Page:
Demo List 2: Four hundred three genes found to be induced in peripheral blood mononuclear cells incubated with purified HIV envelope proteins.

HIV envelope induces a cascade of cell signals in non-proliferating target cells that favor virus replication.
Cicala C, Arthos J, Selig SM, Dennis G Jr, Hosack DA, Van Ryk D, Spangler ML, Steenbeke TD, Khazanie P, Gupta N, Yang J, Daucher M, Lempicki RA, Fauci AS. Proc Natl Acad Sci U S A 2002 Jul 9;99(14):9380-5

Certain HIV-encoded proteins modify host-cell gene expression in a manner that facilitates viral replication. These activities may contribute to low-level viral replication in nonproliferating cells. Through the use of oligonucleotide microarrays and high-throughput Western blotting we demonstrate that one of these proteins, gp120, induces the expression of cytokines, chemokines, kinases, and transcription factors associated with antigen-specific T cell activation in the absence of cellular proliferation. Examination of transcriptional changes induced by gp120 in freshly isolated peripheral blood mononuclear cells and monocyte-derived-macrophages reveals a broad and complex transcriptional program conducive to productive infection with HIV. Observations include the induction of nuclear factor of activated T cells, components of the RNA polymerase II complex including TFII D, proteins localized to the plasma membrane, including several syntaxins, and members of the Rho protein family, including Cdc 42. These observations provide evidence that envelope-mediated signaling contributes to the productive infection of HIV in suboptimally activated T cells.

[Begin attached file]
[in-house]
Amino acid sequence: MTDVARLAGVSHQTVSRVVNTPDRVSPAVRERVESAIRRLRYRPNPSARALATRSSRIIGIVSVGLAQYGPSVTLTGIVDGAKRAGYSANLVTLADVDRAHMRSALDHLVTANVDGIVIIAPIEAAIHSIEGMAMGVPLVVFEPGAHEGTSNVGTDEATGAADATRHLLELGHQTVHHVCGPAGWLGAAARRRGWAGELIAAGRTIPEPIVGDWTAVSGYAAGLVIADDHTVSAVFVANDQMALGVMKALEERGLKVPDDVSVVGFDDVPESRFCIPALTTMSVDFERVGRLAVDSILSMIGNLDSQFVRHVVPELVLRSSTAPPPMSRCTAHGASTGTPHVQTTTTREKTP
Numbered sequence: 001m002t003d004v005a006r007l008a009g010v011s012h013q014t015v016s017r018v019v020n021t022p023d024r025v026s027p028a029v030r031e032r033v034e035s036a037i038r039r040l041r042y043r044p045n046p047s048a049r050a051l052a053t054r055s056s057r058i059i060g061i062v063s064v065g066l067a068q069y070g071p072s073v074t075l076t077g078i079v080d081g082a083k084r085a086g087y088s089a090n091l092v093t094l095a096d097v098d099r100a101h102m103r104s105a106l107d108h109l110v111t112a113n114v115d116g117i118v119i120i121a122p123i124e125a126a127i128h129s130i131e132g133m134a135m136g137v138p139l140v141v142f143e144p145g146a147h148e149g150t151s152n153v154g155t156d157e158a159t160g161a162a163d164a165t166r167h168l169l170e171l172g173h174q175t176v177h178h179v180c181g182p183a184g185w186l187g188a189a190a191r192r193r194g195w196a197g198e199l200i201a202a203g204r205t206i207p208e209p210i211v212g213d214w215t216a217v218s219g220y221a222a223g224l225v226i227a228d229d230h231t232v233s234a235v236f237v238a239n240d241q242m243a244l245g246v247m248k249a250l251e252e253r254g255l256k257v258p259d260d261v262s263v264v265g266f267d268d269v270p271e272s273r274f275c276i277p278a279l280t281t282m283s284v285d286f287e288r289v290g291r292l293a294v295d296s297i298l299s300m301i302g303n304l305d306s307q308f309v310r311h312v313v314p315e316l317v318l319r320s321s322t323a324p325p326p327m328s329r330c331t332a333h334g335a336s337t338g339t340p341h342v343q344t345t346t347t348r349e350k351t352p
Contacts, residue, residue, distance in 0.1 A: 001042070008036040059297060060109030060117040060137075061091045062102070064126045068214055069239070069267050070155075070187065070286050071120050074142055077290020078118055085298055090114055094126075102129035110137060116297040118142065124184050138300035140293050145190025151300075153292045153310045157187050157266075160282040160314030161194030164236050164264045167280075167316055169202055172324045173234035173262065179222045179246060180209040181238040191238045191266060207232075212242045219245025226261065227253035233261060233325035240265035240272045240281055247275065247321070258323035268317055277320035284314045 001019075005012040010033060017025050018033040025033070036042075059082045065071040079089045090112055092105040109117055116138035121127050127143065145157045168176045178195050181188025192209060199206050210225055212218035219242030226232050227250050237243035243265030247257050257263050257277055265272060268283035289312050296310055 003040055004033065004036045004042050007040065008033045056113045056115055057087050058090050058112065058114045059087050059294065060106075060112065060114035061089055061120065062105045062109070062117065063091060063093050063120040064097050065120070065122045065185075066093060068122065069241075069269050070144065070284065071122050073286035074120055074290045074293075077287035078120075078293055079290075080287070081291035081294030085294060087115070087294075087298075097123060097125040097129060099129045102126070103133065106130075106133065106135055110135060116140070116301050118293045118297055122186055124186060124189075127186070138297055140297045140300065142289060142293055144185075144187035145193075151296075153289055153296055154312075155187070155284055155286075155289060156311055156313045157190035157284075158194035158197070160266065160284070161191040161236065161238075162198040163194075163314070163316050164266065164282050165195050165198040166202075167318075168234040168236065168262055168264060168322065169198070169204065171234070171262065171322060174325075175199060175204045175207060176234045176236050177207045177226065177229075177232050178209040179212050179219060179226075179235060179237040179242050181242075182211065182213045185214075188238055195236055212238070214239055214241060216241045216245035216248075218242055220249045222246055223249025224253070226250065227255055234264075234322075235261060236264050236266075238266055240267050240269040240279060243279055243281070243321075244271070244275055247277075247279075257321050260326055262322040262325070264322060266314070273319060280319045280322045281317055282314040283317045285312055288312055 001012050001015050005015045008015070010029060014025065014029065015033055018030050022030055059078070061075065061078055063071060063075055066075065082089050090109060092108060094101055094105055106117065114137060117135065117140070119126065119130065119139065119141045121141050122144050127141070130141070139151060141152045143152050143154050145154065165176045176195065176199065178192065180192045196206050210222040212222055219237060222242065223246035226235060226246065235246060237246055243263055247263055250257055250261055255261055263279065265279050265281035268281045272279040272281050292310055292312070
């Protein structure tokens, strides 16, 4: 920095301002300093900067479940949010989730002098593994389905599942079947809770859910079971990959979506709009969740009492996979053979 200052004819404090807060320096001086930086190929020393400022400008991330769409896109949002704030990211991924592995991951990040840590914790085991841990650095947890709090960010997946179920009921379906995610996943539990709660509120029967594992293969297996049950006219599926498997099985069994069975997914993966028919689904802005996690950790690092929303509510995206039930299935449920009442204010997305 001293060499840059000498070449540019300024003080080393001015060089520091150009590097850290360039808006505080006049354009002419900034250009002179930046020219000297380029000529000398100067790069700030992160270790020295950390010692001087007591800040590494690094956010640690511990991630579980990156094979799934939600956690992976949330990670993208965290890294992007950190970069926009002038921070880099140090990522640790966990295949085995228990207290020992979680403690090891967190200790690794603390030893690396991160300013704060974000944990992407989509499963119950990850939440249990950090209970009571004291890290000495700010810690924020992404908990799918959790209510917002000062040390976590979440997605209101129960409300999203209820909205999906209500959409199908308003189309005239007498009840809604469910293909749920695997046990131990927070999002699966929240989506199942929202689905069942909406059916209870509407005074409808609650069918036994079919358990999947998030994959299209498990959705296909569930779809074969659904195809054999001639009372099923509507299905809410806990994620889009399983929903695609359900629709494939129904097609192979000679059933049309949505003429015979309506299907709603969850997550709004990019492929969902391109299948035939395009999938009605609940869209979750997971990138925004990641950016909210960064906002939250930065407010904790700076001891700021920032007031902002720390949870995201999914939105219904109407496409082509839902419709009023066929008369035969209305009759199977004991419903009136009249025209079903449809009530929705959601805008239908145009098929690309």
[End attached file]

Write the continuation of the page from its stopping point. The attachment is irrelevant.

19. Which DAVID tools to choose?

The following table may help you make your decisions.
DAVID Tool Map


20. Why does DAVID give empty results after I walk away for awhile?

The session timeout of DAVID is set to 30 minutes. In other words, if your web browser has no activity with DAVID for 30 minutes, your session will end, and you will need to re-submit your gene list to DAVID and restart your analysis.



Last edited December 10, 2020




 Please cite Nature Protocols 2009; 4(1):44 & Nucleic Acids Res. 2009;37(1):1 within any publication that makes use of any methods inspired by DAVID.